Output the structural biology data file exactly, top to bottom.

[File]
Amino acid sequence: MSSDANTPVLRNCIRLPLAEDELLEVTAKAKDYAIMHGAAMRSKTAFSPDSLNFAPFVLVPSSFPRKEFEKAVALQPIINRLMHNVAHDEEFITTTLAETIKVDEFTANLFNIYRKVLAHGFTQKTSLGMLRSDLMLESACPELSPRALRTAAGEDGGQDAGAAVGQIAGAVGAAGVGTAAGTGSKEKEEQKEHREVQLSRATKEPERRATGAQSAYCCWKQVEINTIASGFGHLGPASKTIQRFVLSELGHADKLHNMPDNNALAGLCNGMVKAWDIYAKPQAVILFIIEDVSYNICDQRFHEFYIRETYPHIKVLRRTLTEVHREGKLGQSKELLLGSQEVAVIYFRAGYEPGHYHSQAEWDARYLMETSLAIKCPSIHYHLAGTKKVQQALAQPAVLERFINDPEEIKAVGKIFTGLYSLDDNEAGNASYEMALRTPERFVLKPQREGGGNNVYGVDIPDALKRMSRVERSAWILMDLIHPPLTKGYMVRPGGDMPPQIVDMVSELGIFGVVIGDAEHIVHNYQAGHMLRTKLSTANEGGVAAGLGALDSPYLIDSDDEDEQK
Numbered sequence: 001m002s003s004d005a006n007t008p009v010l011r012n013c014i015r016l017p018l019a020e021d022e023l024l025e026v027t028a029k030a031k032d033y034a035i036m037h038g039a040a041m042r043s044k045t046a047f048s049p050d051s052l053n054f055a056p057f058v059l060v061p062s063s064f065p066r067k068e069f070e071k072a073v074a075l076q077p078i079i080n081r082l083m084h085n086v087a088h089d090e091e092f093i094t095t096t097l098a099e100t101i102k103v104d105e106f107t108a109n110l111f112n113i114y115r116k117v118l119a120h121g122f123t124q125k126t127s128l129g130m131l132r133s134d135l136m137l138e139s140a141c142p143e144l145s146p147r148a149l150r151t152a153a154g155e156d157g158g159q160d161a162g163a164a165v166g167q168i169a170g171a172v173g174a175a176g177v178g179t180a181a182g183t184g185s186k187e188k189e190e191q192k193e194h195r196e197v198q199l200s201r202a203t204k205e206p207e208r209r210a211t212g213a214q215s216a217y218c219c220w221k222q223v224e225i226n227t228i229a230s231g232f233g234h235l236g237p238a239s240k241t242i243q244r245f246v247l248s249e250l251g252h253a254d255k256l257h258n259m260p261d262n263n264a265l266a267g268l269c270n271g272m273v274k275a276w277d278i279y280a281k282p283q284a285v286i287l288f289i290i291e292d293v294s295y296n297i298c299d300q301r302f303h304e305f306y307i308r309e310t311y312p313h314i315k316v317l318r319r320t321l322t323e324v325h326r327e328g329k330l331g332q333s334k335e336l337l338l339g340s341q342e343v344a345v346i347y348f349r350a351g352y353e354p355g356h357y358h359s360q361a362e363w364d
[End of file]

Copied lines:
Amino acid sequence: MSSDANTPVLRNCIRLPLAEDELLEVTAKAKDYAIMHGAAMRSKTAFSPDSLNFAPFVLVPSSFPRKEFEKAVALQPIINRLMHNVAHDEEFITTTLAETIKVDEFTANLFNIYRKVLAHGFTQKTSLGMLRSDLMLESACPELSPRALRTAAGEDGGQDAGAAVGQIAGAVGAAGVGTAAGTGSKEKEEQKEHREVQLSRATKEPERRATGAQSAYCCWKQVEINTIASGFGHLGPASKTIQRFVLSELGHADKLHNMPDNNALAGLCNGMVKAWDIYAKPQAVILFIIEDVSYNICDQRFHEFYIRETYPHIKVLRRTLTEVHREGKLGQSKELLLGSQEVAVIYFRAGYEPGHYHSQAEWDARYLMETSLAIKCPSIHYHLAGTKKVQQALAQPAVLERFINDPEEIKAVGKIFTGLYSLDDNEAGNASYEMALRTPERFVLKPQREGGGNNVYGVDIPDALKRMSRVERSAWILMDLIHPPLTKGYMVRPGGDMPPQIVDMVSELGIFGVVIGDAEHIVHNYQAGHMLRTKLSTANEGGVAAGLGALDSPYLIDSDDEDEQK
Numbered sequence: 001m002s003s004d005a006n007t008p009v010l011r012n013c014i015r016l017p018l019a020e021d022e023l024l025e026v027t028a029k030a031k032d033y034a035i036m037h038g039a040a041m042r043s044k045t046a047f048s049p050d051s052l053n054f055a056p057f058v059l060v061p062s063s064f065p066r067k068e069f070e071k072a073v074a075l076q077p078i079i080n081r082l083m084h085n086v087a088h089d090e091e092f093i094t095t096t097l098a099e100t101i102k103v104d105e106f107t108a109n110l111f112n113i114y115r116k117v118l119a120h121g122f123t124q125k126t127s128l129g130m131l132r133s134d135l136m137l138e139s140a141c142p143e144l145s146p147r148a149l150r151t152a153a154g155e156d157g158g159q160d161a162g163a164a165v166g167q168i169a170g171a172v173g174a175a176g177v178g179t180a181a182g183t184g185s186k187e188k189e190e191q192k193e194h195r196e197v198q199l200s201r202a203t204k205e206p207e208r209r210a211t212g213a214q215s216a217y218c219c220w221k222q223v224e225i226n227t228i229a230s231g232f233g234h235l236g237p238a239s240k241t242i243q244r245f246v247l248s249e250l251g252h253a254d255k256l257h258n259m260p261d262n263n264a265l266a267g268l269c270n271g272m273v274k275a276w277d278i279y280a281k282p283q284a285v286i287l288f289i290i291e292d293v294s295y296n297i298c299d300q301r302f303h304e305f306y307i308r309e310t311y312p313h314i315k316v317l318r319r320t321l322t323e324v325h326r327e328g329k330l331g332q333s334k335e336l337l338l339g340s341q342e343v344a345v346i347y348f349r350a351g352y353e354p355g356h357y358h359s360q361a362e363w364d